In accordance with the invention, it has been discovered that trivalent metal fluoride compositions of matter provide favorable crystalline host lattices for paramagnetic ions useful as optical maser media. For example, one host lattice of the invention comprises lanthanum trifluoride which has a noncubic crystalline lattice of the hexagonal type. Yttrium trifluoride also has advantageous properties as a host lattice. Pararnagnetic ions exhibiting favorable characteristics in such lattices include the trivalent ions of the rare earths praseodymium, neodymium, Samarium, europium, terbium, holmium, erbium, thulium, and ytterbium. In addition to ions of other rare earths, trivalent uranium is included in the class of ions which may be associated with the trifluoride host lattices.
Priorly known solid state optical maser media have included trivalent rare earth ions in host lattices of divalent metal tungstates and fluorides or divalent metal molybdates, among others. As the trivalent rare earth ions enter such host lattices in place of the divalent metal ions, some form of charge compensation is required. This may take the form, for example, of vacancies at other sites within the lattice, or of the inclusion of interstitial ions of other elements. In general, it may be said that charge compensation causes perturbations in the crystalline fields acting on the fluorescent ions. As a result, the fluorescent spectra, are complicated by emission at many different wavelengths not normally present in the spectra of ions in a more uniform lattice environment.
The use of a trivalent host lattice for trivalent flue-- rescent ions results in a simpler emission spectrum with a possibility of greater intensity in particular lines and increased efliciency in the use of pump energy. A contributing factor to the spectral improvement produced by the invention is that the ionic radii of lanthanum and yttrium are quite similar to those of the rare earths. Thus the crystalline lattice accepts the impurity ions without undesirable distortions and perturbations.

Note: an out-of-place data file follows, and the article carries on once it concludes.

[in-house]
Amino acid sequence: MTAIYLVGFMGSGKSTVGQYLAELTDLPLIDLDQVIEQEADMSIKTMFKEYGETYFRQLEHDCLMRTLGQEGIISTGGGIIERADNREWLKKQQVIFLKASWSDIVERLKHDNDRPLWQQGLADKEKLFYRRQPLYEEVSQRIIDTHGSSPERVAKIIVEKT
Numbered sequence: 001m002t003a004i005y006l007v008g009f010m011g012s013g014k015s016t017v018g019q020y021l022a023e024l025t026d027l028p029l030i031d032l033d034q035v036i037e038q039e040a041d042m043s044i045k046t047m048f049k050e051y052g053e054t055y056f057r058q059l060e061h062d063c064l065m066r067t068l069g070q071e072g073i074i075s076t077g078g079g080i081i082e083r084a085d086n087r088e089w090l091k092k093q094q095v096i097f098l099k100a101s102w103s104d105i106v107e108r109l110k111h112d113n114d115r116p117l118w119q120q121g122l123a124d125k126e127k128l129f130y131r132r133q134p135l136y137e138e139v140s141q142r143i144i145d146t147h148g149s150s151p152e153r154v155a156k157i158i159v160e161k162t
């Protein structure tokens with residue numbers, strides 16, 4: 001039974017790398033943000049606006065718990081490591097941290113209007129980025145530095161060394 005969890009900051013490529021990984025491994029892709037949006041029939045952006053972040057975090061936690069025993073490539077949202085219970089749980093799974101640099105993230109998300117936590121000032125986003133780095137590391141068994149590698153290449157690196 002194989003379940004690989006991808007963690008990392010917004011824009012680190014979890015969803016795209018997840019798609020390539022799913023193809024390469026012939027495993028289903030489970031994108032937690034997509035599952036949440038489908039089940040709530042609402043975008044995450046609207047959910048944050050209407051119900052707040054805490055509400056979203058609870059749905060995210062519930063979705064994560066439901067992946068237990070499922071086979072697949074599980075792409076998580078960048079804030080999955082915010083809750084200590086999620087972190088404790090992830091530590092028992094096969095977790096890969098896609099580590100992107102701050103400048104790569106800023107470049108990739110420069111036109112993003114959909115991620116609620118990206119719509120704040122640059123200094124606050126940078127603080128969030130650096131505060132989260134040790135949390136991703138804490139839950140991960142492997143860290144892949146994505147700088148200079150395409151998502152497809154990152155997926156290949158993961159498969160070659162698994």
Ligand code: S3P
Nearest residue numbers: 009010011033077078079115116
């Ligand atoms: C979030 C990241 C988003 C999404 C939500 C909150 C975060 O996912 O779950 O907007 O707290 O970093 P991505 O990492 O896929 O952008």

An optical maser following the principles of the invention is shown in the figure. There is depicted a rodshaped crystal 1 of a trivalent host lattice having an appropriate concentration of trivalent paramagnetic ions as disclosed herein. Pump energy is supplied by a helical lamp 2 encompassing rod 1 and connected to an energy v source not shown. Ends 3 and 4 of rod 1 are ground and polished in the form of confocal spherical surfaces. Reflective layers 5 and 6 are deposited on ends 3 and 4, thereby forming an optical cavity resonator of the type described in a copending patent application Serial No.
61,205, filed October 7, 1960, by Boyd, Fox and Li, now
United States Patent No. 3,055,257, issued September 25, 1962. Advantageously, layer 6 is totally reflecting while layer 5 includes at least a portion which is only partially reflected to permit the escape of coherent radiation 7 having a wavelength in the optical range. If desired, rod 1 during operation may be maintained in a bath of a liquified gas such as nitrogen, to maintain a very low temperature. Cooling the crystal tends to reduce the populations of energy levels above the ground state. More particularly, the population of the lower level of the maser transition is reduced, thereby enhancing the negative temperature condition.